> you may opt for just buying the prop chip, crystal, eeprom, and a "prop
          > plug" programming tool as the book is downloadable as a pdf.
          >
          > Chris Wardell
          >
          >
          > --- In cosmacelf@yahoogroups.com <cosmacelf%40yahoogroups.com>, "J.C.
          > Wren" <jcwren@...> wrote:
          > >
          > > Brian,
          > >
          > > That sounds interesting. I also saw those references to the other
          > > emulations.
          > >
          > > I've been writing firmware for 2^5 years, and seen a lot of processors
          > come
          > > and go. I looked at the Propellor when it first came out, but I couldn't
          > > get myself interested in it. Maybe something like the Propellor Starter
          > Kit
          > > that cwardell2000 mentioned might be a way. It's probably that I couldn't
          > > find a use for it, and as a viable processor for a mass-market product, I
          > > have a hard time seeing a Propellor gaining traction. Maybe it will, or
          > > has, like the PSoC has. Problem we find with parts like the PSoC is
          > they're
          > > waaaay too expensive for many applications. Paying for unused silicon
          > isn't
          > > cost effective when you can use a cheaper part. And it's my unresearched
          > > belief that Parallax hasn't been around long enough to guarantee it's
          > > continued existence. Cypress (PSoC), TI (MSP430), Atmel (AVR), Microchip
          > > (PIC) and NXP (ARM) have all been around a long time, and I don't get too
          > > concerned about them not being there tomorrow.
          > >
          > > Please feel free to correct me. I'm not disparaging the Propellor
          > > architecture, just it's suitability as a processor for a long-term cost
          > > effective processor for a mass market product.
          > >
          > > --jc
          > >
          > > Eagles may soar, but weasels don't get sucked into jet engines
          > >
          > > On Tue, Dec 29, 2009 at 6:44 PM, Brian Little <bllittle@...>wrote:
          >
          > >
          > > >
          > > >
          > > > I am quite active on the Propeller forum and not only is the ZiCog an
          > > > active
          > > > project there is also work on a 6502 emulator and possibly a 6800. I've
          > > > been
          > > > toying with the idea of a 1802 emulator. It should be feasible since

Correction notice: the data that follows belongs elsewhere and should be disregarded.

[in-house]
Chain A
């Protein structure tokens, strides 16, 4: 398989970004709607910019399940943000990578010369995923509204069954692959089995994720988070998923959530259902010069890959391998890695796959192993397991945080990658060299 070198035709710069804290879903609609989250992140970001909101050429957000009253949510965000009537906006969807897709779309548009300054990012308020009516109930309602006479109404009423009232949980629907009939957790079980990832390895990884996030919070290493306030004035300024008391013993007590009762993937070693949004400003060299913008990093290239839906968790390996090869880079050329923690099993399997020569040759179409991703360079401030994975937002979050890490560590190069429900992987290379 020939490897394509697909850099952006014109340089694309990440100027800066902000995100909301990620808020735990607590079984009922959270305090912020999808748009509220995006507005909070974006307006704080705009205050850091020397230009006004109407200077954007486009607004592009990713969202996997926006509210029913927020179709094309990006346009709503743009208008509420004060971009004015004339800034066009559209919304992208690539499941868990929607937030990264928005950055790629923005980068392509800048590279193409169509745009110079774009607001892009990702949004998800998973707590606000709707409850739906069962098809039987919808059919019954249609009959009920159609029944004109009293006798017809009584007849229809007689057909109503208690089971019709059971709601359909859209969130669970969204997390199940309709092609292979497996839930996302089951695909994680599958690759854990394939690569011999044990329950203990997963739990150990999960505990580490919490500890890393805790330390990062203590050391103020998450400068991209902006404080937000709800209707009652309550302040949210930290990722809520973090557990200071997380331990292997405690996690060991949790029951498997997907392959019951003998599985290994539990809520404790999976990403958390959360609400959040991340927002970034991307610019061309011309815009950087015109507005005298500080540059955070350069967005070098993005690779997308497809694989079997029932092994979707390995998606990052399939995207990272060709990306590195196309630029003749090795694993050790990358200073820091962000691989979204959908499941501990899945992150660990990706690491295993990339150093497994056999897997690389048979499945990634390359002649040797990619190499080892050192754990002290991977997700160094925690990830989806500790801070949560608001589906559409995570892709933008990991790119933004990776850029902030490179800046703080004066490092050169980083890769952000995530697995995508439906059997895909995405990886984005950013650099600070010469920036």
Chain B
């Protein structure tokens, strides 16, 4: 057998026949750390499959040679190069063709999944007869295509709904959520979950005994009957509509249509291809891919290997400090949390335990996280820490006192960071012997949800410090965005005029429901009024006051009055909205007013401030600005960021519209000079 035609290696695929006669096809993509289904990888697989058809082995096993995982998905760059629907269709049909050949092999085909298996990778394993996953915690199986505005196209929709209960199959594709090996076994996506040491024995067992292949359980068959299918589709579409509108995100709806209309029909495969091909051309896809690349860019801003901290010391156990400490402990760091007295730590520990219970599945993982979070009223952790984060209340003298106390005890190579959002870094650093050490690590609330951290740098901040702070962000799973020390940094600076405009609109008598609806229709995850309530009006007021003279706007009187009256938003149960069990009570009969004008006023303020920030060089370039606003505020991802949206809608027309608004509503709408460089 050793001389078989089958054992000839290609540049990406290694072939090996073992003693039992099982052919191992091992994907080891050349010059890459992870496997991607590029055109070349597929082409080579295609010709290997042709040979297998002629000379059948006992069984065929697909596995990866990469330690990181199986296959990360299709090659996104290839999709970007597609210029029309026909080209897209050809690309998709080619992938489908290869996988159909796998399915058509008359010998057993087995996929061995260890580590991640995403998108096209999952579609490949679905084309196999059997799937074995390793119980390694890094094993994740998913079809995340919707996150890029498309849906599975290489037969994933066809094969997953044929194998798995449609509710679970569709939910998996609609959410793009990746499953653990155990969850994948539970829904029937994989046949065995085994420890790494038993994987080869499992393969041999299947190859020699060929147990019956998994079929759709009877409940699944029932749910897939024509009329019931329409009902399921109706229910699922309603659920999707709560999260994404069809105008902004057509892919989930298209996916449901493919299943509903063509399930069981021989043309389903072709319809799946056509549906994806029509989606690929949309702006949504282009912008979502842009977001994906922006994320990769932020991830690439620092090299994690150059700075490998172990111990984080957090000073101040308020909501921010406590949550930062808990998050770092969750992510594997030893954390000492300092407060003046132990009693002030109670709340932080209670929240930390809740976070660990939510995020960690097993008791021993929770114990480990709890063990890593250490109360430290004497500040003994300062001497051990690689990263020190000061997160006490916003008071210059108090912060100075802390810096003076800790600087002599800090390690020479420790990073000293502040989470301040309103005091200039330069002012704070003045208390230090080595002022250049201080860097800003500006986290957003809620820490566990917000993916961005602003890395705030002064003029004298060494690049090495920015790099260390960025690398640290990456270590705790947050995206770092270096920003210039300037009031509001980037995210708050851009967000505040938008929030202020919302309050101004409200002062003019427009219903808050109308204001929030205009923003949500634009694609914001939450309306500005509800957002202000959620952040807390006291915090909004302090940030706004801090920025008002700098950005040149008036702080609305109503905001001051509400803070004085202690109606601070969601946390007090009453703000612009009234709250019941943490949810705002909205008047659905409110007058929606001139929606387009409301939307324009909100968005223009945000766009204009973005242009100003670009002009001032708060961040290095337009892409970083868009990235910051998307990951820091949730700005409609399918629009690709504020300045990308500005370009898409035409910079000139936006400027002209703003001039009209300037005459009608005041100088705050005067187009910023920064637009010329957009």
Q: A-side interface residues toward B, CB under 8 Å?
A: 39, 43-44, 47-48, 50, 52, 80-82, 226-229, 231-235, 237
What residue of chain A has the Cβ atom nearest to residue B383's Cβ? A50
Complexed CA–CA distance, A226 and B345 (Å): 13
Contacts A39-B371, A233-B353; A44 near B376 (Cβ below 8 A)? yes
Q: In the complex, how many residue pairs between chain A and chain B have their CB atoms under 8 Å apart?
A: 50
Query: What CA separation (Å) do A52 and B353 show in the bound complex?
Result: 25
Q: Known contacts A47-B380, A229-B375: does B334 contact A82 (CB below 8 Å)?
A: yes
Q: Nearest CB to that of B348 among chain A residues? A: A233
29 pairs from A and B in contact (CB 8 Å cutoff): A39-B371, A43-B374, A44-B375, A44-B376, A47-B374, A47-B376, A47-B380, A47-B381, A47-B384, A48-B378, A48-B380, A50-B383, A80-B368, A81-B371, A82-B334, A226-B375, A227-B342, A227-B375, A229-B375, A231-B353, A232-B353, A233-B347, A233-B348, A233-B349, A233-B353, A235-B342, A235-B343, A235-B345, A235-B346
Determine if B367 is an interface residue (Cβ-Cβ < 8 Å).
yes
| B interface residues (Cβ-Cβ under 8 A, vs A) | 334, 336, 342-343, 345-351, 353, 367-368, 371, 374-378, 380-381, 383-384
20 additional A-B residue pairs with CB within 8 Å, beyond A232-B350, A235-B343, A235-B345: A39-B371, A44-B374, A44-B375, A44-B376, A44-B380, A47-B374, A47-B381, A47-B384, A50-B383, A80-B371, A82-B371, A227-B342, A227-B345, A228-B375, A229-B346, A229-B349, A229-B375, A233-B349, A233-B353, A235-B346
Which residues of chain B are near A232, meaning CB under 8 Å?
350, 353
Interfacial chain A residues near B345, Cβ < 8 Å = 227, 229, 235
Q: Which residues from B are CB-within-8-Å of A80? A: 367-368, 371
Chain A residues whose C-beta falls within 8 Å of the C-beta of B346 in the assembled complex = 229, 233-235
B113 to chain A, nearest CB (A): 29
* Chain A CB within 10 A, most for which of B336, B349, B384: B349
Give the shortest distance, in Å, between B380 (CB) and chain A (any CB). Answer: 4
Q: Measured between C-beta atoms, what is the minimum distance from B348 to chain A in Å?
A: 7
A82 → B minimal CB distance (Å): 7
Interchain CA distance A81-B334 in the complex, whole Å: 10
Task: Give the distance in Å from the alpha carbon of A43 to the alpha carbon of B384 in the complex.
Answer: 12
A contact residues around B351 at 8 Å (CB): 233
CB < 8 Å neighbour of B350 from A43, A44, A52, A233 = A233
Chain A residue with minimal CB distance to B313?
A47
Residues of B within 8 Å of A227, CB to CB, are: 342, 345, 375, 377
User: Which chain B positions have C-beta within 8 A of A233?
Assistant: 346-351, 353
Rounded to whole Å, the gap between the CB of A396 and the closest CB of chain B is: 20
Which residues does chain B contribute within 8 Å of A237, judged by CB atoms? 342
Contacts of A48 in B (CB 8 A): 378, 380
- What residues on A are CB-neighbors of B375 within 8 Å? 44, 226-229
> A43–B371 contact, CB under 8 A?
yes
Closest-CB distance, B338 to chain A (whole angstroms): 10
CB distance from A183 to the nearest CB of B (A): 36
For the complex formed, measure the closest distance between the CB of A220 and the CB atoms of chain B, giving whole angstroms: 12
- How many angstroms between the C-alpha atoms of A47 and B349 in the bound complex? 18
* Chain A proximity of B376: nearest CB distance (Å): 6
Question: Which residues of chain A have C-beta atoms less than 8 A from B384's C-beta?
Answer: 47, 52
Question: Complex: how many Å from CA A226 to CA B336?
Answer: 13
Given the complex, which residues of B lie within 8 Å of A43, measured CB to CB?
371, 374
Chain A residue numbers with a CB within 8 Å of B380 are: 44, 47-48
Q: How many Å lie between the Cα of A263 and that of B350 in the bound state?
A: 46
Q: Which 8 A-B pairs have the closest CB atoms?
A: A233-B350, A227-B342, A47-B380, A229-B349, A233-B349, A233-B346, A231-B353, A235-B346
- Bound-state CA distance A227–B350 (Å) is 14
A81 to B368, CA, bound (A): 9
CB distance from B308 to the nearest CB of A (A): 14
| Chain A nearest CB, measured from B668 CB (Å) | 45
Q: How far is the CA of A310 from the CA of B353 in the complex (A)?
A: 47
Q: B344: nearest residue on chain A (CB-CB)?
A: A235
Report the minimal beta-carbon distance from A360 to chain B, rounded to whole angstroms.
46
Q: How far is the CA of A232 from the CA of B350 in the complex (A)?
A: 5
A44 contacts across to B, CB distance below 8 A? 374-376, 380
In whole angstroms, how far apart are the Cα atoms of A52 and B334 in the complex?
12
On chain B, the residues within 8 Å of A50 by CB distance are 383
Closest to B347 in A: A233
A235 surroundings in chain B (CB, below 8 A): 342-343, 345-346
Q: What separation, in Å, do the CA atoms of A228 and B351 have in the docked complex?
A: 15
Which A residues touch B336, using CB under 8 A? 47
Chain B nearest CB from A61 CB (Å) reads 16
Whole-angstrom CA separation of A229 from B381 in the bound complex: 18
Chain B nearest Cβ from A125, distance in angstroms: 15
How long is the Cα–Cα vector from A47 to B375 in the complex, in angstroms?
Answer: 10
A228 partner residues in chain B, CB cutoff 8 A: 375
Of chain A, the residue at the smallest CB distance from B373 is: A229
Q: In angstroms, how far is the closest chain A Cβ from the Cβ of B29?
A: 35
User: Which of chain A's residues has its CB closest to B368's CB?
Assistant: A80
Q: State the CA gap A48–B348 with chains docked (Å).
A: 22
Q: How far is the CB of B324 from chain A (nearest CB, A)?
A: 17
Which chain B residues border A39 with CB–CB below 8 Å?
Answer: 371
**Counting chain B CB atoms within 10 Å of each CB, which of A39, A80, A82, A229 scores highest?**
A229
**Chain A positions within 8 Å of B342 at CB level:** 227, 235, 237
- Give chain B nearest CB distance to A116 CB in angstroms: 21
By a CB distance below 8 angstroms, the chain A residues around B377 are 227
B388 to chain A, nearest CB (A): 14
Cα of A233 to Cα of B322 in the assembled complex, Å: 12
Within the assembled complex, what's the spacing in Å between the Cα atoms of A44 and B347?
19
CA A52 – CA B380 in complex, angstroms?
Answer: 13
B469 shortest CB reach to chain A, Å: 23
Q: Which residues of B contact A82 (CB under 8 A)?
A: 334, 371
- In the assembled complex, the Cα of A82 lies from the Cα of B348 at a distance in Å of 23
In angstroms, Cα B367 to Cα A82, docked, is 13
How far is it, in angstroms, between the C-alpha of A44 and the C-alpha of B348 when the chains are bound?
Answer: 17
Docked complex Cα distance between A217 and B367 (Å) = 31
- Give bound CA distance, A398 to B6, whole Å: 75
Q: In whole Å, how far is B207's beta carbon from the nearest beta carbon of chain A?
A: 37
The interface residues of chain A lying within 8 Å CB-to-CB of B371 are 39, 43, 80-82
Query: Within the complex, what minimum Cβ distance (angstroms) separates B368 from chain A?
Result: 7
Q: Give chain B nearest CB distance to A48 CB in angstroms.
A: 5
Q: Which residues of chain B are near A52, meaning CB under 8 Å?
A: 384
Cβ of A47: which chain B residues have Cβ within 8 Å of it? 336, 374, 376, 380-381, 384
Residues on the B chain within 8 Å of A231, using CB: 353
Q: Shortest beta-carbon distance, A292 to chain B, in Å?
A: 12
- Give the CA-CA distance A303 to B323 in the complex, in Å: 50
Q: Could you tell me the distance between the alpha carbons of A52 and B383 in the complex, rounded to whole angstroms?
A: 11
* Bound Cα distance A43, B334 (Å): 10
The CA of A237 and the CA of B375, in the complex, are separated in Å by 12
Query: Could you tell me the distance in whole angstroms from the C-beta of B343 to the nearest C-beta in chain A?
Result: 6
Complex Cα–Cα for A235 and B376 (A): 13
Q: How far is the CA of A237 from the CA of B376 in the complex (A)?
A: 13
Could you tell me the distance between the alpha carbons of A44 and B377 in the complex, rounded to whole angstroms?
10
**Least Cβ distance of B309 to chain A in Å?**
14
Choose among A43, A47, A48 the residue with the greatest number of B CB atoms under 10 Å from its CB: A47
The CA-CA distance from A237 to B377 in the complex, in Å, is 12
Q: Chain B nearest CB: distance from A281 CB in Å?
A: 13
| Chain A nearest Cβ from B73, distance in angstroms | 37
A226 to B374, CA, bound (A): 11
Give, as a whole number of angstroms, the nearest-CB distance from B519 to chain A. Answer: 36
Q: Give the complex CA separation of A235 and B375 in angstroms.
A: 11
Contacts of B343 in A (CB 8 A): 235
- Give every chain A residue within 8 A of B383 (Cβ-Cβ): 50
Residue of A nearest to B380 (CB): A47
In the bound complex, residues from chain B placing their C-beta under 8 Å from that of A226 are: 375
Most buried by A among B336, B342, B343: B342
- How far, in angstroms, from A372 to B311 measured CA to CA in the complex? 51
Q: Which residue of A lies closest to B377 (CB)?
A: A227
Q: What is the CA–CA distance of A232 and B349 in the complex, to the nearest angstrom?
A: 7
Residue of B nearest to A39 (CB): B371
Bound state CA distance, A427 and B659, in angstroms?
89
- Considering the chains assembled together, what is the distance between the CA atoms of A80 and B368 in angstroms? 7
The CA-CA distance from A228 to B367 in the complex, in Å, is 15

> the
          > > > structure of the 1802 is simpler than the Z80 and 6502. It could run on
          > > > just
          > > > the Propeller with up to a 16k buffer for memory. It may not run at the
          > > > same
          > > > cycle speed but with the Propeller having 20 mips, it would be close.
          > If I
          > > > do work on one it probably have a hex keypad and a NTSC/PAL output with
          > a
          > > > possible version with a VGA output since the Propeller does NTSC, PAL
          > and
          > > > VGA quite easily.
          > > >
          > >
          > >
          > > [Non-text portions of this message have been removed]
          > >
          >
          >
          >



          --
          --jc

          Eagles may soar, but weasels don't get sucked into jet engines


          [Non-text portions of this message have been removed]
        • cwardell2000
          jc, That sounds like a good deal. Assembly on the prop is pretty cool, you basically have 496 32 bit registers that hold both code and data. Self modifying
          Message 4 of 10 , Jan 2, 2010
          • 0 Attachment
            jc,

            That sounds like a good deal. Assembly on the prop is pretty cool, you basically have 496 32 bit registers that hold both code and data. Self modifying code seems to be the rule rather than the exception on this chip. Have fun.

            C.W.

            --- In cosmacelf@yahoogroups.com, "J.C. Wren" <jcwren@...> wrote:
            >
            > I ended up springing for 2 DIP prop chips, a prop plug, and the deal where
            > you get the Propellor Demo Board + the ICC C compiler for $99. The Spin
            > language seems OK, but I'm a C/asm/Forth guy at heart. And I see there are
            > several Forth efforts for the Prop :) Had they not been running the deal
            > for the C compiler, I'd have just gotten the 2 chips and the prop plug.
            >
            > It's kinda dumb they didn't set the Demo Board up to be able to be used as a
            > programmer, however.
            >
            > --jc
            >
            > On Sat, Jan 2, 2010 at 2:28 PM, cwardell2000 <
            > ctwardell@...> wrote:
            >
            > >
            > >
            > > J.C.
            > >
            > > The propeller is a very novel device, I'm not sure how well that will